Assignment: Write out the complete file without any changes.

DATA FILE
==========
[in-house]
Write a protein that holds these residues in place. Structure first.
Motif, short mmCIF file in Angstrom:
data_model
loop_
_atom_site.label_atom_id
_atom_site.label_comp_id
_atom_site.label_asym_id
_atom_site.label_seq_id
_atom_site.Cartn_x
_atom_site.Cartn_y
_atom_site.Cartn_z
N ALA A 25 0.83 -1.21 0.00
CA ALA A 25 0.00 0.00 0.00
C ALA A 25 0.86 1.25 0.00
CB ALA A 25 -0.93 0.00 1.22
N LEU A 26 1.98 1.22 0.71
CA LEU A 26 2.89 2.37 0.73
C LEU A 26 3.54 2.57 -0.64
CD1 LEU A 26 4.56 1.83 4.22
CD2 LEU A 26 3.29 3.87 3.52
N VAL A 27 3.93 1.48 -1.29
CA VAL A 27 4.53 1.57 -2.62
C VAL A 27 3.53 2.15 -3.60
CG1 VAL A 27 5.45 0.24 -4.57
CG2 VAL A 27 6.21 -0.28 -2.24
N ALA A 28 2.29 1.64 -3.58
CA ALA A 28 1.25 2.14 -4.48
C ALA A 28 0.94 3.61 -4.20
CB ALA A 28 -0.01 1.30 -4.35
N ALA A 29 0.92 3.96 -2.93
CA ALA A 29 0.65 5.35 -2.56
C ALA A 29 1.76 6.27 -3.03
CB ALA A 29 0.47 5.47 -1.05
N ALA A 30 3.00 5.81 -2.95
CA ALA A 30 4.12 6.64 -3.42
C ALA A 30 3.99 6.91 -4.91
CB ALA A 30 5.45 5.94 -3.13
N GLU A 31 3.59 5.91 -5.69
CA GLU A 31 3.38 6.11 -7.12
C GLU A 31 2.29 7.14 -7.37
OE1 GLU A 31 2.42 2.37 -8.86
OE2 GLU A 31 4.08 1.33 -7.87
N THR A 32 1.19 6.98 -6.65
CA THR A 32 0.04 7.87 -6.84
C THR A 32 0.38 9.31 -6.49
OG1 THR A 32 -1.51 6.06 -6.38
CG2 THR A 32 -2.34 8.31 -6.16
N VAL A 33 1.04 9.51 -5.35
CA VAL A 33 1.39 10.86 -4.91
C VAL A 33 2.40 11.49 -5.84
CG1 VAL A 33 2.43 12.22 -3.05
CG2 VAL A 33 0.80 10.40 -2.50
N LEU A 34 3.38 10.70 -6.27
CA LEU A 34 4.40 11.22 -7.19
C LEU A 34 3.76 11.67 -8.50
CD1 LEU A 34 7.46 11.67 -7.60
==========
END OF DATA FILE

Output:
[in-house]
Write a protein that holds these residues in place. Structure first.
Motif, short mmCIF file in Angstrom:
data_model
loop_
_atom_site.label_atom_id
_atom_site.label_comp_id
_atom_site.label_asym_id
_atom_site.label_seq_id
_atom_site.Cartn_x
_atom_site.Cartn_y
_atom_site.Cartn_z
N ALA A 25 0.83 -1.21 0.00
CA ALA A 25 0.00 0.00 0.00
C ALA A 25 0.86 1.25 0.00
CB ALA A 25 -0.93 0.00 1.22
N LEU A 26 1.98 1.22 0.71
CA LEU A 26 2.89 2.37 0.73
C LEU A 26 3.54 2.57 -0.64
CD1 LEU A 26 4.56 1.83 4.22
CD2 LEU A 26 3.29 3.87 3.52
N VAL A 27 3.93 1.48 -1.29
CA VAL A 27 4.53 1.57 -2.62
C VAL A 27 3.53 2.15 -3.60
CG1 VAL A 27 5.45 0.24 -4.57
CG2 VAL A 27 6.21 -0.28 -2.24
N ALA A 28 2.29 1.64 -3.58
CA ALA A 28 1.25 2.14 -4.48
C ALA A 28 0.94 3.61 -4.20
CB ALA A 28 -0.01 1.30 -4.35
N ALA A 29 0.92 3.96 -2.93
CA ALA A 29 0.65 5.35 -2.56
C ALA A 29 1.76 6.27 -3.03
CB ALA A 29 0.47 5.47 -1.05
N ALA A 30 3.00 5.81 -2.95
CA ALA A 30 4.12 6.64 -3.42
C ALA A 30 3.99 6.91 -4.91
CB ALA A 30 5.45 5.94 -3.13
N GLU A 31 3.59 5.91 -5.69
CA GLU A 31 3.38 6.11 -7.12
C GLU A 31 2.29 7.14 -7.37
OE1 GLU A 31 2.42 2.37 -8.86
OE2 GLU A 31 4.08 1.33 -7.87
N THR A 32 1.19 6.98 -6.65
CA THR A 32 0.04 7.87 -6.84
C THR A 32 0.38 9.31 -6.49
OG1 THR A 32 -1.51 6.06 -6.38
CG2 THR A 32 -2.34 8.31 -6.16
N VAL A 33 1.04 9.51 -5.35
CA VAL A 33 1.39 10.86 -4.91
C VAL A 33 2.40 11.49 -5.84
CG1 VAL A 33 2.43 12.22 -3.05
CG2 VAL A 33 0.80 10.40 -2.50
N LEU A 34 3.38 10.70 -6.27
CA LEU A 34 4.40 11.22 -7.19
C LEU A 34 3.76 11.67 -8.50
CD1 LEU A 34 7.46 11.67 -7.60